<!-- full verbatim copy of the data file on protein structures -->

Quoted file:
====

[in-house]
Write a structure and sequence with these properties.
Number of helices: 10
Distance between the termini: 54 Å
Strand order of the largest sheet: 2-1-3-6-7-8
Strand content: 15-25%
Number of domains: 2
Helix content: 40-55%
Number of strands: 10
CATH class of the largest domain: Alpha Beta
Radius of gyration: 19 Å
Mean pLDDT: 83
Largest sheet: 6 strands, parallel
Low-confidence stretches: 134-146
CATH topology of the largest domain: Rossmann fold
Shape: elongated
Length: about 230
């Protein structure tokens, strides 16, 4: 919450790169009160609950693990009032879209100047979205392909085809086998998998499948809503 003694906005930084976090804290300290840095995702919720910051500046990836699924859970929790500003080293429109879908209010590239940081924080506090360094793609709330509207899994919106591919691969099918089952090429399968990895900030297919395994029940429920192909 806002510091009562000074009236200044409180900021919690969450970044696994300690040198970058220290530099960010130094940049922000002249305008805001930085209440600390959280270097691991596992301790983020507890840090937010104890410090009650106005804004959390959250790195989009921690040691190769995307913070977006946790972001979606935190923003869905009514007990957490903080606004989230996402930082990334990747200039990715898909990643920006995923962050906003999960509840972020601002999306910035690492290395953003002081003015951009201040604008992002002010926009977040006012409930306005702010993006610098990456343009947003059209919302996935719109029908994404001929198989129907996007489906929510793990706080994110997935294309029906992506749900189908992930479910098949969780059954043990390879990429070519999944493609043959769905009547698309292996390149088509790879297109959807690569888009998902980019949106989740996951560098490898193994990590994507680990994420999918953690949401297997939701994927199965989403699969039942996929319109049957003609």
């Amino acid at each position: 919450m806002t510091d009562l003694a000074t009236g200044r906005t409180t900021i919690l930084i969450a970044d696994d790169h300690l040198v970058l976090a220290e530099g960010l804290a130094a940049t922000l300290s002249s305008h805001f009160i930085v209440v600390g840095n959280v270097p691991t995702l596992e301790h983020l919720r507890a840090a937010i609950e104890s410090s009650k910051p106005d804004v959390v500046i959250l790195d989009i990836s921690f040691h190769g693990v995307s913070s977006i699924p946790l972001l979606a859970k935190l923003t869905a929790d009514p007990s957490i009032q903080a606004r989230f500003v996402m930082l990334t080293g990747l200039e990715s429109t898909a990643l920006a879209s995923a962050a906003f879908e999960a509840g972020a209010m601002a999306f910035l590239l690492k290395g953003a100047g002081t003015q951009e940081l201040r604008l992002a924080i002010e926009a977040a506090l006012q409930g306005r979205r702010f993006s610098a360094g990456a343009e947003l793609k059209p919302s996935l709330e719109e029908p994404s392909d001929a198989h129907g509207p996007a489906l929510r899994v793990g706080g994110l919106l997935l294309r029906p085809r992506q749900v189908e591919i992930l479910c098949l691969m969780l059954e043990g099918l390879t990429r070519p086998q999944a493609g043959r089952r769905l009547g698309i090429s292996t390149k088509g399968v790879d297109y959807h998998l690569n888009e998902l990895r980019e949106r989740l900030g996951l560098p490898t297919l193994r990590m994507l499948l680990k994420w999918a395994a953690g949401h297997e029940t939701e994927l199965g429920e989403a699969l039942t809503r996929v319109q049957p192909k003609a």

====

[in-house]
Write a structure and sequence with these properties.
Number of helices: 10
Distance between the termini: 54 Å
Strand order of the largest sheet: 2-1-3-6-7-8
Strand content: 15-25%
Number of domains: 2
Helix content: 40-55%
Number of strands: 10
CATH class of the largest domain: Alpha Beta
Radius of gyration: 19 Å
Mean pLDDT: 83
Largest sheet: 6 strands, parallel
Low-confidence stretches: 134-146
CATH topology of the largest domain: Rossmann fold
Shape: elongated
Length: about 230
């Protein structure tokens, strides 16, 4: 919450790169009160609950693990009032879209100047979205392909085809086998998998499948809503 003694906005930084976090804290300290840095995702919720910051500046990836699924859970929790500003080293429109879908209010590239940081924080506090360094793609709330509207899994919106591919691969099918089952090429399968990895900030297919395994029940429920192909 806002510091009562000074009236200044409180900021919690969450970044696994300690040198970058220290530099960010130094940049922000002249305008805001930085209440600390959280270097691991596992301790983020507890840090937010104890410090009650106005804004959390959250790195989009921690040691190769995307913070977006946790972001979606935190923003869905009514007990957490903080606004989230996402930082990334990747200039990715898909990643920006995923962050906003999960509840972020601002999306910035690492290395953003002081003015951009201040604008992002002010926009977040006012409930306005702010993006610098990456343009947003059209919302996935719109029908994404001929198989129907996007489906929510793990706080994110997935294309029906992506749900189908992930479910098949969780059954043990390879990429070519999944493609043959769905009547698309292996390149088509790879297109959807690569888009998902980019949106989740996951560098490898193994990590994507680990994420999918953690949401297997939701994927199965989403699969039942996929319109049957003609």
């Amino acid at each position: 919450m806002t510091d009562l003694a000074t009236g200044r906005t409180t900021i919690l930084i969450a970044d696994d790169h300690l040198v970058l976090a220290e530099g960010l804290a130094a940049t922000l300290s002249s305008h805001f009160i930085v209440v600390g840095n959280v270097p691991t995702l596992e301790h983020l919720r507890a840090a937010i609950e104890s410090s009650k910051p106005d804004v959390v500046i959250l790195d989009i990836s921690f040691h190769g693990v995307s913070s977006i699924p946790l972001l979606a859970k935190l923003t869905a929790d009514p007990s957490i009032q903080a606004r989230f500003v996402m930082l990334t080293g990747l200039e990715s429109t898909a990643l920006a879209s995923a962050a906003f879908e999960a509840g972020a209010m601002a999306f910035l590239l690492k290395g953003a100047g002081t003015q951009e940081l201040r604008l992002a924080i002010e926009a977040a506090l006012q409930g306005r979205r702010f993006s610098a360094g990456a343009e947003l793609k059209p919302s996935l709330e719109e029908p994404s392909d001929a198989h129907g509207p996007a489906l929510r899994v793990g706080g994110l919106l997935l294309r029906p085809r992506q749900v189908e591919i992930l479910c098949l691969m969780l059954e043990g099918l390879t990429r070519p086998q999944a493609g043959r089952r769905l009547g698309i090429s292996t390149k088509g399968v790879d297109y959807h998998l690569n888009e998902l990895r980019e949106r989740l900030g996951l560098p490898t297919l193994r990590m994507l499948l680990k994420w999918a395994a953690g949401h297997e029940t939701e994927l199965g429920e989403a699969l039942t809503r996929v319109q049957p192909k003609a």